Monday, July 21, 2014
By Naomi Sobel, donor engagement coordinator for the Astraea Lesbian Foundation for Justice.
On May 7, Janet Mock told Philanthropy New York’s 35th Annual Meeting guests that trans women of color live at the intersection of “pass-her-by and pay-her-no-mind.” She challenged us as a society to acknowledge that trans women are women and that black and brown bodies matter.
Funding statistics echo this portrayal of the LGBT community, especially for LGBT individuals of color. A study of foundation giving by Funders for LGBTQ Issues in 2012 shows that “for every 100 dollars awarded by U.S. foundations only 24 cents goes to LGBTQ issues.” These scant resources are scattered among many community efforts. Of that that 24 cents per 100 dollars, only two percent goes to community organizing work, and one percent goes to work in communities of color.
As a result, most of the nominal philanthropic dollars available to LGBTQ groups are going to organizations with large staff and budgets. While some LGBT issues are being lifted up, other more marginalized topics—racial and economic justice, LGBT immigrant rights, youth of color leadership—aren’t given a chance to succeed. Nonetheless, those unfinanced volunteer-led grassroots groups are in no way deterred from pushing the margins of conversation; considering the LB and T in LGBT and expanding it to include Q and I; and creating nuanced dialog that does not forget economic, racial, and gender justice within LGBTQ rights.
As a philanthropic activist, I’ve long thought about what it would take to fill these funding gaps and support grassroots leadership. While at a retreat for young people with wealth that had a substantial LGBTQ population, many in attendance noted that there was nothing queer-specific on the agenda. At dinner one night, I put out a call for a conversation about funding LGBTQ racial and economic justice work, wondering if anyone would join me; it turned out there was so much interest that we had to pull up a second table. We talked about the gaps in foundation funding, which frustrate so many of us. Jason Franklin, Executive Director of Bolder Giving, reminded those of us at the table of something few LGBTQ people realize—only 5 percent of us give to the LGBTQ organizations that serve our community. We started talking about where we do and don’t give, and how even those of us who had thought seriously about directing funds to LGBTQ organizations often didn’t know where to start beyond the largest national groups.
Out of that conversation came an e-mail list, and a series of phone calls, and, eventually, a model and name for an LGBTQ philanthropic giving circle: Funding Queerly. Ten young LGBTQ people made significant gifts to our new giving circle – at very different levels depending upon each individual’s financial means. We each also committed to fundraising for the circle. Funding Queerly partnered with Astraea Lesbian Foundation for Justice, which has been supporting small LGBTQ grassroots groups since 1977 in the United States and abroad. A leader in shifting the philanthropic landscape, Astraea put out a request for proposals from small LGBTQ groups doing community organizing work by and for low-income communities, communities of color, and rural communities here in the U.S.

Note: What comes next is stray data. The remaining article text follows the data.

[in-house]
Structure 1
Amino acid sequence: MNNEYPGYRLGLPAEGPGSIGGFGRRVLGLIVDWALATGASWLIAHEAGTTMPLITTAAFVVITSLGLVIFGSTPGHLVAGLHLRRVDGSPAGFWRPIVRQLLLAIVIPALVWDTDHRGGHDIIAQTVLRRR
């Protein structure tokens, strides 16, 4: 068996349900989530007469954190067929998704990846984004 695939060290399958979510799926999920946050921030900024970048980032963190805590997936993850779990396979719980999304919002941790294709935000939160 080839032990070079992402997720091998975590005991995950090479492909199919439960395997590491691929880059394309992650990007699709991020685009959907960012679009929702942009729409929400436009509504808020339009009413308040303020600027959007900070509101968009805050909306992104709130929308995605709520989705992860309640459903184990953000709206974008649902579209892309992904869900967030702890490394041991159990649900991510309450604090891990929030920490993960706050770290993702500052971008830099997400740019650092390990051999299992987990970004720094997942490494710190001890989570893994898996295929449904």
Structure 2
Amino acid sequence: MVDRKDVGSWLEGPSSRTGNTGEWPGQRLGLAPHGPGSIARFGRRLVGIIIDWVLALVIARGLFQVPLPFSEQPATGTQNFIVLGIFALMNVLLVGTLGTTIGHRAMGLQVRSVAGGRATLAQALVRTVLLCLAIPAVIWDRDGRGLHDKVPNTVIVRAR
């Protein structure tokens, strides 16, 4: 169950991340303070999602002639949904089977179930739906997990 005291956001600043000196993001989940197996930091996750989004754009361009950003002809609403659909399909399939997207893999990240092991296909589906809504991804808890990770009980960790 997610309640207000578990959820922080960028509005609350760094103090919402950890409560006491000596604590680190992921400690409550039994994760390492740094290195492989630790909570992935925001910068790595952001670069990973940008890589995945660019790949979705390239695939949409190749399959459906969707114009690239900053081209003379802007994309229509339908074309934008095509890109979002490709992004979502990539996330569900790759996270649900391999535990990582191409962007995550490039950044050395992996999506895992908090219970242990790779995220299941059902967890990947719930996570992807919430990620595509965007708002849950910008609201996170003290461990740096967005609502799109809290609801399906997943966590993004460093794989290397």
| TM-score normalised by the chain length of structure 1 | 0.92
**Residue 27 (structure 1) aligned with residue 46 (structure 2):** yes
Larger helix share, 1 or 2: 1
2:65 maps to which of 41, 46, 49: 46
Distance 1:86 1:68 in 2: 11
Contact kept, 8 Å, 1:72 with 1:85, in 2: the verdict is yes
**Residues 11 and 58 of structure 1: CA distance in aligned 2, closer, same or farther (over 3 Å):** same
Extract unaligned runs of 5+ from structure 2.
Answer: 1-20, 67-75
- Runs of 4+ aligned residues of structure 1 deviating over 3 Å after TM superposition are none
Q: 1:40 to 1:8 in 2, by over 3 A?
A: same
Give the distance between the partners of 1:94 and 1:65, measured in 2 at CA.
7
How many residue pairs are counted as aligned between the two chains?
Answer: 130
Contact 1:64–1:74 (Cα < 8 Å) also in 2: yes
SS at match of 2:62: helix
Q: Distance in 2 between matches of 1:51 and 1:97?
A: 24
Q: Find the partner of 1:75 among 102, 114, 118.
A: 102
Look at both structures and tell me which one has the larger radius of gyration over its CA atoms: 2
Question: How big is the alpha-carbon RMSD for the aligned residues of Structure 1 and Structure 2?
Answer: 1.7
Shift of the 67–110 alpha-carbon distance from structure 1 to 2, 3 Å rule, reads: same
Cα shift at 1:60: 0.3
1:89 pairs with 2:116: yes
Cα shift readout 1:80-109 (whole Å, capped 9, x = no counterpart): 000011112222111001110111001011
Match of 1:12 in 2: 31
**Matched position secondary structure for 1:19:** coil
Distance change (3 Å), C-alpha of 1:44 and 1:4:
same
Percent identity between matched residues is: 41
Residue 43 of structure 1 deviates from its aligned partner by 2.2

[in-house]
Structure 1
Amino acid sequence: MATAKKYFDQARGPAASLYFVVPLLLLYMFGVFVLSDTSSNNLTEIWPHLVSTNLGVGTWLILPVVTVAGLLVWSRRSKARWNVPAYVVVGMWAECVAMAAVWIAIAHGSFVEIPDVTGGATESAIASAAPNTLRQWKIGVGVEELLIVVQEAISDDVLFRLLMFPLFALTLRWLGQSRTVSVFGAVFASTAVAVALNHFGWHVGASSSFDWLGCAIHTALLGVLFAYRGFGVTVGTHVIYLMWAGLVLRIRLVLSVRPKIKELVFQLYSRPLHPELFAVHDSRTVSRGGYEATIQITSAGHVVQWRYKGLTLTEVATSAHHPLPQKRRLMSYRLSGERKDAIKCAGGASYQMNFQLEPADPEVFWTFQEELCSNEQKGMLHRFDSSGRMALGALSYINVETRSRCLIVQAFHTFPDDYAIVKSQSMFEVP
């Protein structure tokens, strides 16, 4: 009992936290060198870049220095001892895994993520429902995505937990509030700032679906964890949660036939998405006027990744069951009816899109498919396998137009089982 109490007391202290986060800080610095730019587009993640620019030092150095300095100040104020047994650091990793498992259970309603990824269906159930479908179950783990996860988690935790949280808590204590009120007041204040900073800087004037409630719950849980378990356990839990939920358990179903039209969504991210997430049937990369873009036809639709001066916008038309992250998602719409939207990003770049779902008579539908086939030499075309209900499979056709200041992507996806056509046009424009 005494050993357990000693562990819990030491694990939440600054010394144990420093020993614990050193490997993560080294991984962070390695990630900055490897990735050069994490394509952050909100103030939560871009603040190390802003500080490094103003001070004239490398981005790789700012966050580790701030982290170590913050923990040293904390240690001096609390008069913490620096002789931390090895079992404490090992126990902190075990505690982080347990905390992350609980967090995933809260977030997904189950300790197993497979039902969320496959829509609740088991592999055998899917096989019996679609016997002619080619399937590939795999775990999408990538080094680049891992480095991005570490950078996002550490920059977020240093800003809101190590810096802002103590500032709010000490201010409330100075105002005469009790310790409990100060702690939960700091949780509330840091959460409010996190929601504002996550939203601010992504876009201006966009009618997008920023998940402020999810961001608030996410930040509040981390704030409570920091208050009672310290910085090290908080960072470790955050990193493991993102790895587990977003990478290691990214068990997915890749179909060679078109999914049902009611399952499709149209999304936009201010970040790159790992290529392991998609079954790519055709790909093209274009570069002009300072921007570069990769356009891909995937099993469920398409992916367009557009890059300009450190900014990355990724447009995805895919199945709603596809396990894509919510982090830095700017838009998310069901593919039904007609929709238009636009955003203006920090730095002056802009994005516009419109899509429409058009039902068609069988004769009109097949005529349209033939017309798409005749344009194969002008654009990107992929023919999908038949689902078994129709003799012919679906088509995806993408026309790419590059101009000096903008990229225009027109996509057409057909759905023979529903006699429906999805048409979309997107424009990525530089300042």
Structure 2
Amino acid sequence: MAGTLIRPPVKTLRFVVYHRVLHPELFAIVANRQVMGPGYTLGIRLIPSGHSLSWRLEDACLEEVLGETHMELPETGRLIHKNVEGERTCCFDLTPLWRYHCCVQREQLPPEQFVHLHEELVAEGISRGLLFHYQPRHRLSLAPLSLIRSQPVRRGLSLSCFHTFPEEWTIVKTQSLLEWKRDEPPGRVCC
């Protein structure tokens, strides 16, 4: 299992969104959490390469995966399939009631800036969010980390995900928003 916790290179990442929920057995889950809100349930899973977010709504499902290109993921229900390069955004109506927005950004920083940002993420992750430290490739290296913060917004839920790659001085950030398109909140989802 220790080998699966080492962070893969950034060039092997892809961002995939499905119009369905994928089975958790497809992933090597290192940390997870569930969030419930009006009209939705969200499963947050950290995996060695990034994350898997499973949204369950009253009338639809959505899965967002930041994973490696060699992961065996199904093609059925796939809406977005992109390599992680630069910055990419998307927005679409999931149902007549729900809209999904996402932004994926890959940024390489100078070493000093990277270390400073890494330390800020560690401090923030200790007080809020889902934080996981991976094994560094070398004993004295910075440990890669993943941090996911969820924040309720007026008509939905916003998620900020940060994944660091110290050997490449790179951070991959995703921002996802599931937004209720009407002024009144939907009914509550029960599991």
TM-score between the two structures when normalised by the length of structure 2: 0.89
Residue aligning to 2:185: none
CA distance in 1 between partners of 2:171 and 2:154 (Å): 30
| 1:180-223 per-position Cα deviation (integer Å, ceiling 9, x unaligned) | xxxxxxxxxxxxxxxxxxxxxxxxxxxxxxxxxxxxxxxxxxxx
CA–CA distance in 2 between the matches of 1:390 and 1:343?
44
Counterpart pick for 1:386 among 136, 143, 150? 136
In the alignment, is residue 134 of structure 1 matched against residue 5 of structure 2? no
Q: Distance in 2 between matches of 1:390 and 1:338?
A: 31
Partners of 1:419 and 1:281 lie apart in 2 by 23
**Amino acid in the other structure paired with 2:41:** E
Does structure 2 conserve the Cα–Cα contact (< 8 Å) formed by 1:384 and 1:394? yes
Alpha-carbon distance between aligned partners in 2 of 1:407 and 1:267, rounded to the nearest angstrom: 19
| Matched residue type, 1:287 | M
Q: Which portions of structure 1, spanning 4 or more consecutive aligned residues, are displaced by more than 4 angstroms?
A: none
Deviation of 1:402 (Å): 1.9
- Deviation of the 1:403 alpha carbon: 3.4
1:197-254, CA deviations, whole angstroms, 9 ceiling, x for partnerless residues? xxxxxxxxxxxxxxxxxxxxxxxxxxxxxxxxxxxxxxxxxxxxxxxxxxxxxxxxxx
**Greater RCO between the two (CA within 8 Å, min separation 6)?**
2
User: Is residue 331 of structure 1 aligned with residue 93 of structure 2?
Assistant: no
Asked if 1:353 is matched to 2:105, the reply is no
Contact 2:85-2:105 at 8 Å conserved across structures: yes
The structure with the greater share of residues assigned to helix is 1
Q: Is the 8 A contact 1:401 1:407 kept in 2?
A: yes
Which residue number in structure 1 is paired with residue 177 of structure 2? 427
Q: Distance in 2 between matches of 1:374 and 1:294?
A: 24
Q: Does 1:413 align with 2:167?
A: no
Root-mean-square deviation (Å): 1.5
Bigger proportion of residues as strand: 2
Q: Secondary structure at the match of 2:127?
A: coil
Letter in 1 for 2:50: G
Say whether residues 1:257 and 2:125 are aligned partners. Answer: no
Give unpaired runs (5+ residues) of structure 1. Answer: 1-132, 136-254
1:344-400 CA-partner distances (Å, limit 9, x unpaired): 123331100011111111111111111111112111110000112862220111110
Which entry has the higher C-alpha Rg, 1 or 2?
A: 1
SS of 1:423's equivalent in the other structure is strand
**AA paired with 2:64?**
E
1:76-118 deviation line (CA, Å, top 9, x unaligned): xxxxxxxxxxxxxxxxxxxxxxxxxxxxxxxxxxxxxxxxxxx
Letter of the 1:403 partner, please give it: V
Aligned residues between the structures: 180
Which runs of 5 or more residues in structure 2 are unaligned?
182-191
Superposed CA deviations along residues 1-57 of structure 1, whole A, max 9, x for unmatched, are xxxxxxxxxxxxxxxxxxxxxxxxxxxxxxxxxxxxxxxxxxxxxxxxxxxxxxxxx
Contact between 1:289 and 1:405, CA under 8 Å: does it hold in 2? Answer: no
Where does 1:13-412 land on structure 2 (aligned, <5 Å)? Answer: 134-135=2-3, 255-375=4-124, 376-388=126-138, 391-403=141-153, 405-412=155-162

We got 49 proposals and awarded twelve $10,000 grants to support groups across the country. One grant to Providence Youth Student Movement (PrYSM) in Rhode Island will help Southeast Asian youth organizers to lead campaigns to confront and end state, street, and interpersonal violence affecting their communities. Another grant to Gender Expansion Project (GEP) will bolster increased access to care, treatment, and acceptance of transgender, transsexual, intersex, and gender diverse individuals in Montana and neighboring states.
The members of Funding Queerly are thrilled about the $120,000 in grants we were able to make, but it’s clear this is just a drop in the bucket. If we want to win LGBTQ rights and justice for all of us, we need to ignite organizations that are including and meeting the needs of all our communities.
How can we urge foundations to support small and emerging LGBTQ organizations? How can we shift giving so that groups receive larger grants? And, given the gaps of wealth within LGBTQ communities in this country, what cultural change needs to happen? We can’t survive as a whole if some parts of our community have access to wealth and representation, while others remain invisible, continuing to fight tooth and nail with little financial support.
As the organizers in Funding Queerly think about our future work, we remain deeply aware of the radically different world we would be in if individuals across the country began to support those underdog groups doing the front-line work for full, lived equality. We challenge the philanthropic community to join us in closing the queer funding gap.